Horses that do not accept their human as the leader (dominant, boss) develop the habit of repeatedly trying to make their own choices on the ground and while being driven or ridden – an aggravating and often dangerous situation for both horses and people. Trust, respect, and acceptance of us as the leader (boss) are all best developed and made rock solid with ground work, and then reinforced continuously and maintained when driving or riding. If a horse or mule does not comfortably and completely trust us, and willingly and completely respect and obey us on the ground, why would we expect them to do so when hitched to some contraption with us attempting to control them from behind? Far too often we torment our equine partners and ourselves by neglecting this all important leader/follower part of the relationship.

When we are truly looked upon as their leader our horses are safer because in horse society all the horses in a given group take their cues from the leader.

FOR CONSISTENCY: Any relationship works best when all parties know what the rules are and interact in consistent ways with one another. Constantly adhering to the principles of gentle/natural horsemanship, for example, makes it very clear to horses that they can trust us not to use coercion, excessive force, or cause them pain – but also that there will consistently be gentle consequences for misbehavior, challenging our leadership (dominance), or not doing as we ask. The key is for us to be communicating to and with them at all times – this includes paying attention to their communications to us. They are always expressing themselves, asking us questions, and generally “talking” to us. By constantly and consistently giving horses gentle reminders of what behavior or performance is desired, and who is in charge, we help them resist the temptation to make little choices on their own. Those little choices have a way of growing into bigger choices which can quickly lead to behavior that doesn’t work for us, or them, and might be unsafe.

It is unreasonable to expect horses to not try to do what they want to do. Nor is it reasonable to expect them to want to do what they don’t want to do (have you noticed people are like this too?) The longer we wait to remind them that we are calling the shots, the more they think about what they want to do (or don’t want to do), then they hope to do it (or not), then they assume it’s okay to do it (or not), and then they do it (or not do it). Things work best when we are diligent about communicating yes (approval/pleasure) or no (disapproval/displeasure) to them. This needs to be done early on and in ways that make sense to them, that they understand, and that they know how to respond to. In other words, we need to use their language and logic. This is what the leader of any herd or group of horses does. If we don’t do this then we are at fault when they try to do things their own way.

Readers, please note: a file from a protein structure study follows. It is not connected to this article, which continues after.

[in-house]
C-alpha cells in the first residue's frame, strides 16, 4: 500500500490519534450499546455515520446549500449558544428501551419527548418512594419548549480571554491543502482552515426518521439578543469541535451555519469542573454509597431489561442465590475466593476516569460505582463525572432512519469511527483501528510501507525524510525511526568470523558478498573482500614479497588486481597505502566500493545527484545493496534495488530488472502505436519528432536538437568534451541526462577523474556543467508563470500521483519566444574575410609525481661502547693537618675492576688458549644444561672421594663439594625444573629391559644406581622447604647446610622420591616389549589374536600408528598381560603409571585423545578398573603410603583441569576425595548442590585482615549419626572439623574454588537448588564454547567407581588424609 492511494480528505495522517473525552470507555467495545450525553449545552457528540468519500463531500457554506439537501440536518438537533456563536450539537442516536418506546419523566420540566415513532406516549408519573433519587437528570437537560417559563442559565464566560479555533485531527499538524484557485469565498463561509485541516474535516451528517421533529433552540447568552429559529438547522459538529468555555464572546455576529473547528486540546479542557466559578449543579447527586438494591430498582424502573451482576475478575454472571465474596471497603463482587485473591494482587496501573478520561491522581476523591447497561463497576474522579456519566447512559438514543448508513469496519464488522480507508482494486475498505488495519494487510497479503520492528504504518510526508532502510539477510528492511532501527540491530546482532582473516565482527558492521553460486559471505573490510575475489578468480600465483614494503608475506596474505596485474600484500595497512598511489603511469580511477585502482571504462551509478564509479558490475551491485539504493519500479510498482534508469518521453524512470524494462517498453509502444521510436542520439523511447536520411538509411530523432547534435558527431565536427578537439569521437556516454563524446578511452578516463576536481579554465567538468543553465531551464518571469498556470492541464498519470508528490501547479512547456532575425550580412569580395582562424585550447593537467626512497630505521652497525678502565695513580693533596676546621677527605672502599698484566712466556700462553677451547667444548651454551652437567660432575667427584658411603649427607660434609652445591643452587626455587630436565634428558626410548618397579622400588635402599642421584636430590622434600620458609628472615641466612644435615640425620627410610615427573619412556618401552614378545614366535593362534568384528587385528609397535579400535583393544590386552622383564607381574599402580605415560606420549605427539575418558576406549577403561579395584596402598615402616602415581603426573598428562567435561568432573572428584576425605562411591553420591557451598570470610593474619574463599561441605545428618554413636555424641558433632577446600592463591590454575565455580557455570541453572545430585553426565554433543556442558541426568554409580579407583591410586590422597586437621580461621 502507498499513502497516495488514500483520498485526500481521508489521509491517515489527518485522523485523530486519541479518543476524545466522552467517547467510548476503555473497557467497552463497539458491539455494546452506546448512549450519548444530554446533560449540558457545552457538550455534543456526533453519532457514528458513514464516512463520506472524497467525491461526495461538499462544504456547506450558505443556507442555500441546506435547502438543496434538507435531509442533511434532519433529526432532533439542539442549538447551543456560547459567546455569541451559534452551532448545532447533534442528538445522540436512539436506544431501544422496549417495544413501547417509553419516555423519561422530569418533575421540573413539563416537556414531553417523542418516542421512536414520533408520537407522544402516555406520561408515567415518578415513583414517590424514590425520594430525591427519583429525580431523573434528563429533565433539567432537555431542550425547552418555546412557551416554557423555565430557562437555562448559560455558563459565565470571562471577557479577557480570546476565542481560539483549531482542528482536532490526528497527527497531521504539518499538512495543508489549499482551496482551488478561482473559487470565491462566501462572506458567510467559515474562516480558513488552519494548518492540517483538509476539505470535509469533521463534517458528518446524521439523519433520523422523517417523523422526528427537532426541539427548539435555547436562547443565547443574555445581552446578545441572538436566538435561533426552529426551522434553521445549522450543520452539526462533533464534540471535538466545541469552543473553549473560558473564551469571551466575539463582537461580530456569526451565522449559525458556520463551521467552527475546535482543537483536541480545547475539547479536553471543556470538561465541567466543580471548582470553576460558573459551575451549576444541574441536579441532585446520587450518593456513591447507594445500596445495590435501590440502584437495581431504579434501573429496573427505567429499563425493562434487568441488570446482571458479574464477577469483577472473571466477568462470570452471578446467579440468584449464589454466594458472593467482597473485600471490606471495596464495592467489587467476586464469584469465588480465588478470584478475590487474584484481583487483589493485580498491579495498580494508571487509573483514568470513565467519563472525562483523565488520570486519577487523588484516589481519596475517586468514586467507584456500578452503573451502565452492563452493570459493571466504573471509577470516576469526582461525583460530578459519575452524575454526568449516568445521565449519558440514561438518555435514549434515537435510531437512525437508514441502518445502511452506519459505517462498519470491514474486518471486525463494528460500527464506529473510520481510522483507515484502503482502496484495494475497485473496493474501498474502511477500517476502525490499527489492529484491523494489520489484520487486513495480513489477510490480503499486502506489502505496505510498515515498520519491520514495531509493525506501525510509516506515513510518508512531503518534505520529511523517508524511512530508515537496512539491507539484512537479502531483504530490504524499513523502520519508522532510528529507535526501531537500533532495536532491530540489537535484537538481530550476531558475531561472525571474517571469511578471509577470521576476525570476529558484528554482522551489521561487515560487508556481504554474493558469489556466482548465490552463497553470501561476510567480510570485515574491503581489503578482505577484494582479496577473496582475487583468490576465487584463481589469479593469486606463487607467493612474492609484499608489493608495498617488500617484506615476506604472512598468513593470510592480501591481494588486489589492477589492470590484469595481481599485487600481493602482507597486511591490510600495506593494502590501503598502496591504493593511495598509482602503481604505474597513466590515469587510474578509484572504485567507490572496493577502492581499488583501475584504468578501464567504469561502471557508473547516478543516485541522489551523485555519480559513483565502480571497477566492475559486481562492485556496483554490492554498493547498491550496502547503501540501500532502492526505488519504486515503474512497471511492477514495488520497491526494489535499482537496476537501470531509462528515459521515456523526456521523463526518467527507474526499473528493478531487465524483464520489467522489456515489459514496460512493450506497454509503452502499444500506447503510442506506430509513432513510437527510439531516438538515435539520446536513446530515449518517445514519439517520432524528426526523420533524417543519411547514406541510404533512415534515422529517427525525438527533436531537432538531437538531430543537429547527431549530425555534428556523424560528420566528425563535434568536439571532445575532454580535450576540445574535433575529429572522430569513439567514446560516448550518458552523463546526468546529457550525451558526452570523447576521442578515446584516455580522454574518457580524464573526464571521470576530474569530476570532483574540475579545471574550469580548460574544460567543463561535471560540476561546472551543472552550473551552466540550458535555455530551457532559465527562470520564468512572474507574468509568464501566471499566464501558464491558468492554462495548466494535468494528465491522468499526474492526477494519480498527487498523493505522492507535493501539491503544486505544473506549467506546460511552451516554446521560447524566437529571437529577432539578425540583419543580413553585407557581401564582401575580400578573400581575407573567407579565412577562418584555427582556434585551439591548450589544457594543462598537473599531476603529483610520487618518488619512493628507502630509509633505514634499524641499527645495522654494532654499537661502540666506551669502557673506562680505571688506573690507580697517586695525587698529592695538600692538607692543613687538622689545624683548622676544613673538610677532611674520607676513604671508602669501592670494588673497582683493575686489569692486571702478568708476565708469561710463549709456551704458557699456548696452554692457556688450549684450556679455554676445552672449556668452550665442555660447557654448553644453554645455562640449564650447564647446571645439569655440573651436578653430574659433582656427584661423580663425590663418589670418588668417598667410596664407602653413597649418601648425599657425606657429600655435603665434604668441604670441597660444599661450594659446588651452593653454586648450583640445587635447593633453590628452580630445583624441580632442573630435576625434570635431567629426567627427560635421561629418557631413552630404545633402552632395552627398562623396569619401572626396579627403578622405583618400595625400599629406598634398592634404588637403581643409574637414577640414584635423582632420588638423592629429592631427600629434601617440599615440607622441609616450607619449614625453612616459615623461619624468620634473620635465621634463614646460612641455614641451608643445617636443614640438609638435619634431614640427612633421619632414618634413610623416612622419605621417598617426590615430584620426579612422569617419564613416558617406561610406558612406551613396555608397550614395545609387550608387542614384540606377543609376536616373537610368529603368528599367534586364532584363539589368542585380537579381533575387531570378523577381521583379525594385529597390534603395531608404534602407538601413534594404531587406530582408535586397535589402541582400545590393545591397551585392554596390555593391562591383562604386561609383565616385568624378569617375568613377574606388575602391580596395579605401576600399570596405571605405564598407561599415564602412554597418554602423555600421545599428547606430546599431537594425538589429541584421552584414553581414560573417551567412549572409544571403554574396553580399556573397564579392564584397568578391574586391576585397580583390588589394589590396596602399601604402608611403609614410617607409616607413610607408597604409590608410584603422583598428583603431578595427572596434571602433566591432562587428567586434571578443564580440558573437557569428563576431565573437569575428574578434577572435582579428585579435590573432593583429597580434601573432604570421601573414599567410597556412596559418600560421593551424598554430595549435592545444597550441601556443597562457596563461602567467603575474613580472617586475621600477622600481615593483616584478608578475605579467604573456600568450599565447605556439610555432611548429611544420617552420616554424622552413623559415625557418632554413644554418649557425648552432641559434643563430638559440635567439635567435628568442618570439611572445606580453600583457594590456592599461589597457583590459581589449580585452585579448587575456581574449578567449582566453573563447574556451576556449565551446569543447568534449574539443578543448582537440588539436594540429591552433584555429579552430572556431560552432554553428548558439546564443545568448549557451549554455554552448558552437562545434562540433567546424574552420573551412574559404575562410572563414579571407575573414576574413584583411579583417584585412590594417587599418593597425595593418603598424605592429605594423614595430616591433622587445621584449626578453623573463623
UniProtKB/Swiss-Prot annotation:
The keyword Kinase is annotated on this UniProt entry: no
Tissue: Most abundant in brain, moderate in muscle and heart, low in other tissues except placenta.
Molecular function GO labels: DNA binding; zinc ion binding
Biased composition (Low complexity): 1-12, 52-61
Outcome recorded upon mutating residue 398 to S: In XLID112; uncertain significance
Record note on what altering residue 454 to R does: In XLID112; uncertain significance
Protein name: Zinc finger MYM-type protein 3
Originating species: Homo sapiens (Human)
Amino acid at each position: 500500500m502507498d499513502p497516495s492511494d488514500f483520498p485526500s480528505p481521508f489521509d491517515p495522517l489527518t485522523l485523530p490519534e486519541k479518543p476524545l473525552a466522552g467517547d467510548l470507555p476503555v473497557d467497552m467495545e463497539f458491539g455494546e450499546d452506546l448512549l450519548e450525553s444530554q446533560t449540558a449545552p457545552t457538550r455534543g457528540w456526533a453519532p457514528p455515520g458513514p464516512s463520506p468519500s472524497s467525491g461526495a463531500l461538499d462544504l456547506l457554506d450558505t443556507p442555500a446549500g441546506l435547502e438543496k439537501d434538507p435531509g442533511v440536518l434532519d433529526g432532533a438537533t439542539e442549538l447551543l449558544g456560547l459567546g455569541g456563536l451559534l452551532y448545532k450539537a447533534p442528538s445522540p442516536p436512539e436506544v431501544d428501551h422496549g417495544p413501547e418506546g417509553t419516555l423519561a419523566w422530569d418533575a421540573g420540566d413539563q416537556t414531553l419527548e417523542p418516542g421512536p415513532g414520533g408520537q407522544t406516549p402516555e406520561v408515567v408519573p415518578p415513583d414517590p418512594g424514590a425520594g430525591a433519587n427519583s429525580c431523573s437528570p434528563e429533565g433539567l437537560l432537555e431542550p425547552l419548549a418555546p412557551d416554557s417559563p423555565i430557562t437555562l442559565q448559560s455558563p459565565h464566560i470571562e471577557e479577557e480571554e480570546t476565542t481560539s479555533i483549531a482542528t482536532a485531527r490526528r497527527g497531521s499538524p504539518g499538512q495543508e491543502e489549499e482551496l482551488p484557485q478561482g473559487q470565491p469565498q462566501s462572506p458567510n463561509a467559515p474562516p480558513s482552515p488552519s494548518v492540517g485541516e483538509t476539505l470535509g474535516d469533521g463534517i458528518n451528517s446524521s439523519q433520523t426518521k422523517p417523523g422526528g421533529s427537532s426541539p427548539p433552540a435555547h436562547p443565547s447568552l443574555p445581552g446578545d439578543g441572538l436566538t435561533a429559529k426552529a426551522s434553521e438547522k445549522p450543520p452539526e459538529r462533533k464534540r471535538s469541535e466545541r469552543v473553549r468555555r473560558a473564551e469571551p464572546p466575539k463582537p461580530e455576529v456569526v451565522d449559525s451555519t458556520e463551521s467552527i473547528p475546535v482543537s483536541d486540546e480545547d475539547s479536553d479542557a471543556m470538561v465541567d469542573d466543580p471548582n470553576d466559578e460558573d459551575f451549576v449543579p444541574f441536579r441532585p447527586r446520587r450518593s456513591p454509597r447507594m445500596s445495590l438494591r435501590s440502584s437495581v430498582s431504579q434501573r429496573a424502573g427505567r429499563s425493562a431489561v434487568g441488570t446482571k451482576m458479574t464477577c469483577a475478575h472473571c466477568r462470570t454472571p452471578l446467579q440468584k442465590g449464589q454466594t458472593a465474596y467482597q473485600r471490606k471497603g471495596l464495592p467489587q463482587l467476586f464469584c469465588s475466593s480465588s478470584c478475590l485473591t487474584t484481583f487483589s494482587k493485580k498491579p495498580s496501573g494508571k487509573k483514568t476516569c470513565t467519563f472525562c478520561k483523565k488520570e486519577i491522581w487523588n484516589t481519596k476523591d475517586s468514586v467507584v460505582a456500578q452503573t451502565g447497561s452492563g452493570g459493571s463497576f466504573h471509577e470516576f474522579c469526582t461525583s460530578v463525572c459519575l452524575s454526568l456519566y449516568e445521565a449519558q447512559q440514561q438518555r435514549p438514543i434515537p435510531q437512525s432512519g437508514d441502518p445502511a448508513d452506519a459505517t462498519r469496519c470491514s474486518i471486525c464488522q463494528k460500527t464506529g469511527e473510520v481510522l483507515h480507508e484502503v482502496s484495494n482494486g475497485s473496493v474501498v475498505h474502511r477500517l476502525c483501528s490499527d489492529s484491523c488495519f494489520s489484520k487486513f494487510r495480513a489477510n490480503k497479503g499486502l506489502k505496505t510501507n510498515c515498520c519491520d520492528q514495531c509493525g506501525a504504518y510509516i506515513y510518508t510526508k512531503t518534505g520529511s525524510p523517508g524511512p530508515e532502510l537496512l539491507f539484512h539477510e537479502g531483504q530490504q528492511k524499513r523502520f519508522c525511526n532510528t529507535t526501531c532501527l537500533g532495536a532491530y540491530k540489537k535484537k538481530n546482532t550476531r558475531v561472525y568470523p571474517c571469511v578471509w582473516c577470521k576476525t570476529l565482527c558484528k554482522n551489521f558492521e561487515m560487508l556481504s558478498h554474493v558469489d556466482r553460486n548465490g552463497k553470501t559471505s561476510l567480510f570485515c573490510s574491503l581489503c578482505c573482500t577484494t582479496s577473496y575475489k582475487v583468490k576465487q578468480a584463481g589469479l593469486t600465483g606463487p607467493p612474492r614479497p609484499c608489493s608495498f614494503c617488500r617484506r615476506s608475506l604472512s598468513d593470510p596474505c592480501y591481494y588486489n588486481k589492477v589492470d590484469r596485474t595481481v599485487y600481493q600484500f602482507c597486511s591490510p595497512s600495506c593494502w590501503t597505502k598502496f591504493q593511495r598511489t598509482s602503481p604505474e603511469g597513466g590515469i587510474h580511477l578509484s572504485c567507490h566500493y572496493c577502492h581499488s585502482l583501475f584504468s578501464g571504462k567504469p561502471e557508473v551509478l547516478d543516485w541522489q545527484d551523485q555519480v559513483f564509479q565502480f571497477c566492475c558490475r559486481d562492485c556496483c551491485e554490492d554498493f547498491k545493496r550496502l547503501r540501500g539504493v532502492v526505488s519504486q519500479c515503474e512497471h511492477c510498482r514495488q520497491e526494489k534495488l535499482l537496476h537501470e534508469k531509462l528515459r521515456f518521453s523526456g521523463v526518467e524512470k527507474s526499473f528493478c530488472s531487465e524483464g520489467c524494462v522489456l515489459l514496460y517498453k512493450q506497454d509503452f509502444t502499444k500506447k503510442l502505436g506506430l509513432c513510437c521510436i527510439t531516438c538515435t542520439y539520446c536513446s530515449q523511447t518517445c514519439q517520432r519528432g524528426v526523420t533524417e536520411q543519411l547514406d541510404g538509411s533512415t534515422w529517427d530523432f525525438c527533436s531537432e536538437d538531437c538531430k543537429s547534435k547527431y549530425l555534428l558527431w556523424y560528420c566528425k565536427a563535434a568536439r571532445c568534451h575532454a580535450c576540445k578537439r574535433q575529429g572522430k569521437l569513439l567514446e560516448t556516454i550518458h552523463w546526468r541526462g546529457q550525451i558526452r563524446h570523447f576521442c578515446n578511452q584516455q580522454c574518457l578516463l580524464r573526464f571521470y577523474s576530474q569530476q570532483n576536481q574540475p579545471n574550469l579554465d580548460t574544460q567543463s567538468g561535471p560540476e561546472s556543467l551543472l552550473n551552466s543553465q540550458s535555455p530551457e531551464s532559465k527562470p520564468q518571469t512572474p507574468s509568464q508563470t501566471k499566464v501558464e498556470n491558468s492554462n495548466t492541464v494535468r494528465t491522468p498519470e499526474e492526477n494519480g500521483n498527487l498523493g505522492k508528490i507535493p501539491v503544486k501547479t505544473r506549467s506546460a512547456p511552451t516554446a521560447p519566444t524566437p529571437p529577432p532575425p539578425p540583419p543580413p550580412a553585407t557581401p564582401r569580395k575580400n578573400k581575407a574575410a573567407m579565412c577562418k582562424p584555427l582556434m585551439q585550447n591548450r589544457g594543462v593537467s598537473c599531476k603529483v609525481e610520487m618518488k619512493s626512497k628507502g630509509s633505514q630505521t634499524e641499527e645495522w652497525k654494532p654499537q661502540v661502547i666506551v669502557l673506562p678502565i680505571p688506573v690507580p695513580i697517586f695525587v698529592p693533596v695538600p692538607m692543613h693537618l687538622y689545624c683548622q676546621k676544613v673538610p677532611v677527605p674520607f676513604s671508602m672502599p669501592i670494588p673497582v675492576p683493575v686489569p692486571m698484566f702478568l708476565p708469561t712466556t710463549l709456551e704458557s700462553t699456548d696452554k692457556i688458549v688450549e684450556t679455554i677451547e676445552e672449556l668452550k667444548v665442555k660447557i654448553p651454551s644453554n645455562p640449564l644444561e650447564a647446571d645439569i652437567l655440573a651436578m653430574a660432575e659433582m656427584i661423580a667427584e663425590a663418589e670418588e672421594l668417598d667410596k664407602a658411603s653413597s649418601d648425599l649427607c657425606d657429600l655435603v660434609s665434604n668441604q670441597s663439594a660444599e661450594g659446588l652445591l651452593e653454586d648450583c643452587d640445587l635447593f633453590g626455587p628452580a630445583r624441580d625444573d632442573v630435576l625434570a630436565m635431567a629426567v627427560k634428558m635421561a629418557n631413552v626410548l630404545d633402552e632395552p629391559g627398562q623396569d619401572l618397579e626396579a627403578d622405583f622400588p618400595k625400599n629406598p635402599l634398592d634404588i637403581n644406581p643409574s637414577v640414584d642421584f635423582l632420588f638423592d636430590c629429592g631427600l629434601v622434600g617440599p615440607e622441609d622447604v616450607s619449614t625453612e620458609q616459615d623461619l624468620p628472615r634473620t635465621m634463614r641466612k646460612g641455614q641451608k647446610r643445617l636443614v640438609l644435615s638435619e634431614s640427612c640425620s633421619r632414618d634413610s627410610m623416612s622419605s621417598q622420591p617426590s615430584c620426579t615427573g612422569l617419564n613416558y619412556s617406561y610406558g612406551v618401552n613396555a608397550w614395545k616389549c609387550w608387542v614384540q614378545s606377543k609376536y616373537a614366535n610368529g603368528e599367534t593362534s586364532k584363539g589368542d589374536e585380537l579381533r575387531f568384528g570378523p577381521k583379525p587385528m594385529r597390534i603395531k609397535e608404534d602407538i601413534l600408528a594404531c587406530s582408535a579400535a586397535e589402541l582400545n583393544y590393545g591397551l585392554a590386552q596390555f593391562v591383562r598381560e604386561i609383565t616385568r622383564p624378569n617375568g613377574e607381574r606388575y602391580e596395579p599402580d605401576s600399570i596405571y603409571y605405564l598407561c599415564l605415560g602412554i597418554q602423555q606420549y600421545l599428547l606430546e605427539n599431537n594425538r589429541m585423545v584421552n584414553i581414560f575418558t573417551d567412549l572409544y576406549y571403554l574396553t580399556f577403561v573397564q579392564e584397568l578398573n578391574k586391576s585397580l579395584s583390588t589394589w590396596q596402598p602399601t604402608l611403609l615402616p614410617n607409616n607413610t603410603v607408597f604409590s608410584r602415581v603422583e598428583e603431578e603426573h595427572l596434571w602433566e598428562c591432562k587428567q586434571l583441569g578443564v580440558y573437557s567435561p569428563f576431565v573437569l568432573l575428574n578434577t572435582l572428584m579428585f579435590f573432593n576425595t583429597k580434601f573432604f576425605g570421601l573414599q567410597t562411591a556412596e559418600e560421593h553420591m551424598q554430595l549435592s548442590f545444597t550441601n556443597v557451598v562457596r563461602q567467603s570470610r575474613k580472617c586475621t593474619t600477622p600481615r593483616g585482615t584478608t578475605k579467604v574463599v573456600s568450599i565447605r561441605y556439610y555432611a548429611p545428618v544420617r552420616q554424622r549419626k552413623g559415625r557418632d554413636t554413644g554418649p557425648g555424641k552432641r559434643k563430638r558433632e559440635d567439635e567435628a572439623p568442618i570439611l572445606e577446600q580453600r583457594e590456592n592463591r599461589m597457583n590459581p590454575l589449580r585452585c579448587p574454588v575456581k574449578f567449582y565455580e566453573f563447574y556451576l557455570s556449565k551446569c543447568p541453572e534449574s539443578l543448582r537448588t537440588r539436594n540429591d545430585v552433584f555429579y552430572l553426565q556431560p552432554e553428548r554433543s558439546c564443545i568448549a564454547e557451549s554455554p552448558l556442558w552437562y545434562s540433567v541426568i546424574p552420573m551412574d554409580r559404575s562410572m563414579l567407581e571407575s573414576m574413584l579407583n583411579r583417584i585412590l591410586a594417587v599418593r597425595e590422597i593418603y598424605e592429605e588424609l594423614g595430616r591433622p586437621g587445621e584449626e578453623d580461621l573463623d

If we are inconsistent in how we communicate and relate to our horses – asking them to accept us as the boss (leader) part of the time and letting them do as they please and/or boss us at other times – they easily become confused. They often become resentful, resistant and challenge us when we try to be the boss again. Remember, them doing as they please and/or trying to boss us can be very subtle early on. There is an important distinction to be made here. I don’t want to give the impression that I am militant about controlling every move my horses make. But, like the leader in any group of horses, I do try diligently to keep them informed of when I want their attention and when I don’t, when I want them to do something and when I don’t, when they can move and when they cannot, when their behavior is acceptable and when it’s not, etc., etc., etc. As the boss I consider it my responsibility to constantly keep them appraised of how they are doing. This means rewarding them for desired behavior and performance, and preventing or creating a consequence for undesired behavior/performance. If I communicate with them gently, early, clearly, and consistently there are usually discussions rather than upsets or battles. If I wait too long to ask, remind or correct, then things easily get frustrating or even ugly. Being the boss is not always easy, but it is vastly preferable to ongoing challenges – sometimes even battles – over who is really the boss.

FOR GETTING THINGS DONE:

Horses that are accustomed to, accepting of, and comfortable with, humans dominating them are not only safer, more respectful, and less apt to challenge our leadership, but are also easier to care for and work with. If you doubt this ask a farrier, veterinarian, or horse trainer for their opinion. However, this it not necessarily the case if they are accustomed to being dominated by the use of intimidation, excessive force and/or physical punishment.

FOR A PLEASANT COMFORTABLE RELATIONSHIP:

There is more cooperation and less conflict when horses know what the rules are and that you are the boss – a gentle boss who consistently behaves in ways that make sense to them even if they don’t particularly like what they are being asked to do or put up with. Having a relationship that is comfortable and successful for both you and your equine partner(s) – whether your animals are youngsters, seasoned performers, retirees, pets, or whatever – is dependent upon you being the leader (boss), and upon you making sure that the rules and boundaries are appropriate, clearly understood, and consistently maintained. That way you can have fun and play together instead of fighting on the playground.